Push is on to bring standardization to the Internet of Things

Industrial Internet Consortium works with Object Management Group and other bodies to open up the world's devices to communication and data exchange.
Written by Joe McKendrick, Contributing Writer

OMG, Dr. Richard Soley is at it again. The chairman/CEO of the Object Management Group (OMG), which led the way in standardizing many of the web services seen in today's enterprise architectures, has set his sites on the next great frontier: the Internet of Things (IoT). He is also now executive director of the the Industrial Internet Consortium (IIC), a two-year-old organization which seeks to bring order and sanity to the chaos we associate with IoT.

Photo: Joe McKendrick

I recently had a chance to pick Soley's brain on the IIC's plans and progress, and the full Q&A can be found at Real Time Insights (RTInsights).

The IIC is not a standards organization in itself, but rather, a facilitator of testbeds for bringing together major technology providers and manufacturers to collaboratively design, build and measure industrial-strength IoT solutions. The learnings from these testbed projects will then be handed over to established standards organizatons, such as the OMG, which will then "set about standardizing solutions that will make Industrial IoT solutions reliable, repeatable and secure," says Soley. OMG and similar groups will then take the lead in establishing "semantic integration standards in a couple of dozen vertical markets, including manufacturing systems."

IIC's testbed partners are a who's-who of Industrial IoT advocates -- including Bosch, Cisco, EMC, Fujitsu, GE, Hewlett Packard Enterprise, IBM, Infosys, Intel, and National Instruments. To date, IIC now oversees nine testbeds, covering smart grid, predictive maintenence, tracking and controlling tools and components, and machine-to-machine communications.

The challenge with IoT -- and by extension, the Indusrial IoT -- is achieving standardization on a network scale. "Most standards organizations today, when faced with the needs for interoperability and portability standards to support the Internet of Things -- especially IIoT -- focus on middleware - moving bits and bytes from place to place on potentially huge and complex networks of sensors, data analysis engines, and actuators," Soley explains.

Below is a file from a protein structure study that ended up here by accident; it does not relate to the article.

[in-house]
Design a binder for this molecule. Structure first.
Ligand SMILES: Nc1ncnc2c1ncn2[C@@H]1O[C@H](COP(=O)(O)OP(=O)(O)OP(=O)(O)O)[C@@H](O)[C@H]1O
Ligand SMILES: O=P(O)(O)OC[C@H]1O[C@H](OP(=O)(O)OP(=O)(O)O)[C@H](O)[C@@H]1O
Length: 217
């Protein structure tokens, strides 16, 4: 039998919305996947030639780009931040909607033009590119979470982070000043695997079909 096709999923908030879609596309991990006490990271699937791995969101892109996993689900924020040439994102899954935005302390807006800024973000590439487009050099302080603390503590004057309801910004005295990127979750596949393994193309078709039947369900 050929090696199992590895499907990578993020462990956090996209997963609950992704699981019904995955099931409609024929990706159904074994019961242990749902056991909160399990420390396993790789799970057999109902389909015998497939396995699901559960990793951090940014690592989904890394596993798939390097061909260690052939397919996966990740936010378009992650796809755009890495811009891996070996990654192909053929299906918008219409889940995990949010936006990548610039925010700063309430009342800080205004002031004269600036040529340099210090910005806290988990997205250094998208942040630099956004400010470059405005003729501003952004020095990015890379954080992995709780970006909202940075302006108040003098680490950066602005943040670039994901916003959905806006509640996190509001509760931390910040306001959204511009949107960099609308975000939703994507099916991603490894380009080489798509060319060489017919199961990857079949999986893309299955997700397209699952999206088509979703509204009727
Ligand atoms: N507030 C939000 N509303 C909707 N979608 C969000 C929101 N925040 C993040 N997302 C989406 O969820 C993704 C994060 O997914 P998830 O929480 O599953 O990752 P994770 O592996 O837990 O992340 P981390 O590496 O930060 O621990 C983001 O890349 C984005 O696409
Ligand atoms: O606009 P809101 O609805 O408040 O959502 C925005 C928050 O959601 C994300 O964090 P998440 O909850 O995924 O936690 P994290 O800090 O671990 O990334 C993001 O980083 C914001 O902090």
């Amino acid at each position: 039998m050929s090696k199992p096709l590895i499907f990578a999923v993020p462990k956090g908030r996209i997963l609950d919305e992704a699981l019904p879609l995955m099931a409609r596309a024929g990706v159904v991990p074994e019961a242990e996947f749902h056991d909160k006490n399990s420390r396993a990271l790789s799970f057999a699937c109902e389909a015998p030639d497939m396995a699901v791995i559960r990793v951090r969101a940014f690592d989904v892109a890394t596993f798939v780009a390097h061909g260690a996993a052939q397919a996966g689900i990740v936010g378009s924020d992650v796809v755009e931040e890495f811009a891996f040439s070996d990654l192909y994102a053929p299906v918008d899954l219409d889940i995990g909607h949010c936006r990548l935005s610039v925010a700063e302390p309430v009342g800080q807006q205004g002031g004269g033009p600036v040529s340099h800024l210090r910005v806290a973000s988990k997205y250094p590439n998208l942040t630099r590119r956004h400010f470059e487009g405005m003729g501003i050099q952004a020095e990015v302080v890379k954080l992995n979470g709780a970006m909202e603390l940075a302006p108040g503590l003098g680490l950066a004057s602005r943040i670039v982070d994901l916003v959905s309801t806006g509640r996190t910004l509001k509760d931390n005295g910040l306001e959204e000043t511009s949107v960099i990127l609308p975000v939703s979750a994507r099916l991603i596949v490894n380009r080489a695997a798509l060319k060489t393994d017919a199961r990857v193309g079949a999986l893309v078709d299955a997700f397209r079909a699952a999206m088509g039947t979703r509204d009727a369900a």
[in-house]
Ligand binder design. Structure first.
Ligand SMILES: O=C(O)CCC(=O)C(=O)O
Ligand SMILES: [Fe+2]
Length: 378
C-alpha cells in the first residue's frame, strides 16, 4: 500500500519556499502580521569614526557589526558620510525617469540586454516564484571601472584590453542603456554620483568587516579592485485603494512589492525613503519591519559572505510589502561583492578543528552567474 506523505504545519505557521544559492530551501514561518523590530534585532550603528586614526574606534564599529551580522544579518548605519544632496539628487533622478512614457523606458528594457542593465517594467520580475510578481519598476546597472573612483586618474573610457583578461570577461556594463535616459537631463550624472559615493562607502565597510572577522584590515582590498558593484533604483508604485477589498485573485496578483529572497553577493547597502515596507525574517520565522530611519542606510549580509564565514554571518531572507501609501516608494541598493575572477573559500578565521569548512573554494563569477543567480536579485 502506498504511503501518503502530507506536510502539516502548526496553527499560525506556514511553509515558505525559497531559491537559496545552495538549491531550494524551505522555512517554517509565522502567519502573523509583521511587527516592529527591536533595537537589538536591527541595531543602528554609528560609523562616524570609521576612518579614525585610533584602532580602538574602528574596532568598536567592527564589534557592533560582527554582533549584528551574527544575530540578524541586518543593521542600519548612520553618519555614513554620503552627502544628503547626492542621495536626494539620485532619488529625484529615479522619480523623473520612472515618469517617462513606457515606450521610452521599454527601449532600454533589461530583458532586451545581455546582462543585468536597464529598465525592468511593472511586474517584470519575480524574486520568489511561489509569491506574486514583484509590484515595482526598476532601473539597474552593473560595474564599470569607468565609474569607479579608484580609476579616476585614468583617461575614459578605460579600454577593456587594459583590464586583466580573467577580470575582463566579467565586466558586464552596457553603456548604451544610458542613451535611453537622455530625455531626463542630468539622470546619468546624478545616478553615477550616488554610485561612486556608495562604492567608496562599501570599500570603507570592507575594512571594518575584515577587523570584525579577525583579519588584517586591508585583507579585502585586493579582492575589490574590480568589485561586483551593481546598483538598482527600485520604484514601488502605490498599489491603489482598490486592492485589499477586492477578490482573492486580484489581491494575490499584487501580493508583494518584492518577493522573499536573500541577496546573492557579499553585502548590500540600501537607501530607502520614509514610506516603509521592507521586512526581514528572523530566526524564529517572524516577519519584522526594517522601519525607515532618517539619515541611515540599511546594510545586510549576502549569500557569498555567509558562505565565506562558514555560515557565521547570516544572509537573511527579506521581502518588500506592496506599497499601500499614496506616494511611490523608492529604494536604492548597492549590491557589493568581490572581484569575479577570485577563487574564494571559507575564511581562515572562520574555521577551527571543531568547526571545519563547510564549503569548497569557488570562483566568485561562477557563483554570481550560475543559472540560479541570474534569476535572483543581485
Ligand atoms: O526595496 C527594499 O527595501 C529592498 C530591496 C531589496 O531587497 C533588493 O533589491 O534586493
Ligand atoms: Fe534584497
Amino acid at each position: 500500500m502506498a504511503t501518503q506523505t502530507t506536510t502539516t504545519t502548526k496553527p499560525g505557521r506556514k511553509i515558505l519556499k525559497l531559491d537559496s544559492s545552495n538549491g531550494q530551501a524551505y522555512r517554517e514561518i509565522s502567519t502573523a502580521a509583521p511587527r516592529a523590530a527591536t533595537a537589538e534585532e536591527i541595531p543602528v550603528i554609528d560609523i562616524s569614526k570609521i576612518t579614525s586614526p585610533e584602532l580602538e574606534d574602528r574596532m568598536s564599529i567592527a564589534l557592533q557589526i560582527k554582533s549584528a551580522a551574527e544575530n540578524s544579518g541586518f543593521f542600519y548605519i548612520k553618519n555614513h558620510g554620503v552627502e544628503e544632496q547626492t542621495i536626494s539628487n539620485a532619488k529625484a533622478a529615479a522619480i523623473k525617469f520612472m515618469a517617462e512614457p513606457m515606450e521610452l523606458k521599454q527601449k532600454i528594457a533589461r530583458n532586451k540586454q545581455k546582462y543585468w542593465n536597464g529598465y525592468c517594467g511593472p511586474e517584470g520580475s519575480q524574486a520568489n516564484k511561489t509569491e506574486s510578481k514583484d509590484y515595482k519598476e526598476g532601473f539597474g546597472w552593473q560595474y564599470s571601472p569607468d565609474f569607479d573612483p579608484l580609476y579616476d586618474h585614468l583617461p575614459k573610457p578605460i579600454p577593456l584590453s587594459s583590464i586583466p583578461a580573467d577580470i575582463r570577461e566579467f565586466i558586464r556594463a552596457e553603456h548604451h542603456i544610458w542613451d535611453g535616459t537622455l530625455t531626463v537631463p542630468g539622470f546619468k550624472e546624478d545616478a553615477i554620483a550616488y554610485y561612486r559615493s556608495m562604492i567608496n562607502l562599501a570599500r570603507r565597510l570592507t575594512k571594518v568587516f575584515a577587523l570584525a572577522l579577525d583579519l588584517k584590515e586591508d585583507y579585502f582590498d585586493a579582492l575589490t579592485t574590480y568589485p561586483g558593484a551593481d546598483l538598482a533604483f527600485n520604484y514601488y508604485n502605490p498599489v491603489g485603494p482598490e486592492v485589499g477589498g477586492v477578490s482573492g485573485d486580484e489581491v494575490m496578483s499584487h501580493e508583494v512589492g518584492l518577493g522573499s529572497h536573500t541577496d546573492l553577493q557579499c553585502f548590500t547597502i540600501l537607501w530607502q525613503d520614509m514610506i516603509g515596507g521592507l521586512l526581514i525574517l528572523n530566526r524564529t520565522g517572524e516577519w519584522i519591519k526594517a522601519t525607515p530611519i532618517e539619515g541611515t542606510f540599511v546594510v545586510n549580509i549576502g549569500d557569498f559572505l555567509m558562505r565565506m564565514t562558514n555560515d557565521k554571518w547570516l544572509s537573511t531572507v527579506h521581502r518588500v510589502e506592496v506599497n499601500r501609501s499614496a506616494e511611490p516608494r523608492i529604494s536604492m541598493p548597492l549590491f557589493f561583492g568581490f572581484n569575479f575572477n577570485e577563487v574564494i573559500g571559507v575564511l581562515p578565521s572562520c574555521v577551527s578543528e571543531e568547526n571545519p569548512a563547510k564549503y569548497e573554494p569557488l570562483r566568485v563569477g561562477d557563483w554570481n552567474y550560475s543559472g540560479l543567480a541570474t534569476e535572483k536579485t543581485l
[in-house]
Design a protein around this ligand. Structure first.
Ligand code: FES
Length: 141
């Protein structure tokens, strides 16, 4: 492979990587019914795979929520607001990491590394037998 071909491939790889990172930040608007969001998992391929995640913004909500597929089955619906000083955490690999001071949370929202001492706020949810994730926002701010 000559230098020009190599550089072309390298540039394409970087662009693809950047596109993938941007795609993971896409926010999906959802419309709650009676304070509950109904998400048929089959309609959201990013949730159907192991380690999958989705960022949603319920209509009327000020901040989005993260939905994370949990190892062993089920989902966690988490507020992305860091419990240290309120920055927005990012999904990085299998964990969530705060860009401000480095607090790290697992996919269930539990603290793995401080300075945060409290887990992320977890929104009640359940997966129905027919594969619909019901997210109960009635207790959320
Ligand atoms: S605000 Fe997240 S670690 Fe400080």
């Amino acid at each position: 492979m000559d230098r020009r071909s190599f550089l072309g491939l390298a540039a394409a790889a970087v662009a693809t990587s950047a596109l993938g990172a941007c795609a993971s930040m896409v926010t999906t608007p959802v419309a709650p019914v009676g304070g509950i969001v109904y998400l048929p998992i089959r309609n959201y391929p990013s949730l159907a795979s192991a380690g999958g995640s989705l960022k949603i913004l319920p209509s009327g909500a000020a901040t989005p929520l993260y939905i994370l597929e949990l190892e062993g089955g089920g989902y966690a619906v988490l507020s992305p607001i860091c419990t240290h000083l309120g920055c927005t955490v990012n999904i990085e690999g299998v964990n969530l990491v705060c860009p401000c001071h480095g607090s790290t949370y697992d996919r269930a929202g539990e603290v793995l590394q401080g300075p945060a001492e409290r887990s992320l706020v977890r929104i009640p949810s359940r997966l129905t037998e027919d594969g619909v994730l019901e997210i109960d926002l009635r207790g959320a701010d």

Middleware is familiar ground for OMG, he adds. "OMG's DDS and CORBA middleware standards are deployed in literally billions of systems today, from mobile phones to banking systems, air combat sensor and firing integration systems, to operating room systems, and thousands of other applications."

The problem in IoT, Soley continues, is to attach meaning to data moving around the network, outside the reach of traditional middleware. "Semantic integration is a much more difficult problem," he states, adding that this challenge is "exactly what OMG has been focusing on for the past 15 or 20 years, publishing not only standards to integrate semantics -- like the Ontology Definition Metamodel, or ODM and the related Model-Driven Message Interoperability or MDMI standard, [as well as] generic systems modeling languages like UML, SysML, BPMN and UPDM."

The Industrial IoT -- which extends computing and data exchange beyond the boundaroes of enterprise infrastructure to potentially just about every piece of machinery on the planet -- needs similar, unifying protocols that will enable any device to exchange data with any other system or device. The IoT "badly needs more of these semantic standards for integrating information on huge networks of analytics engines, sensors, and actuators, and that is exactly what OMG is up to," Soley relates.

Stay tuned.

(Disclosure: I am a regular contributor to RTInsights, mentioned in this post.)

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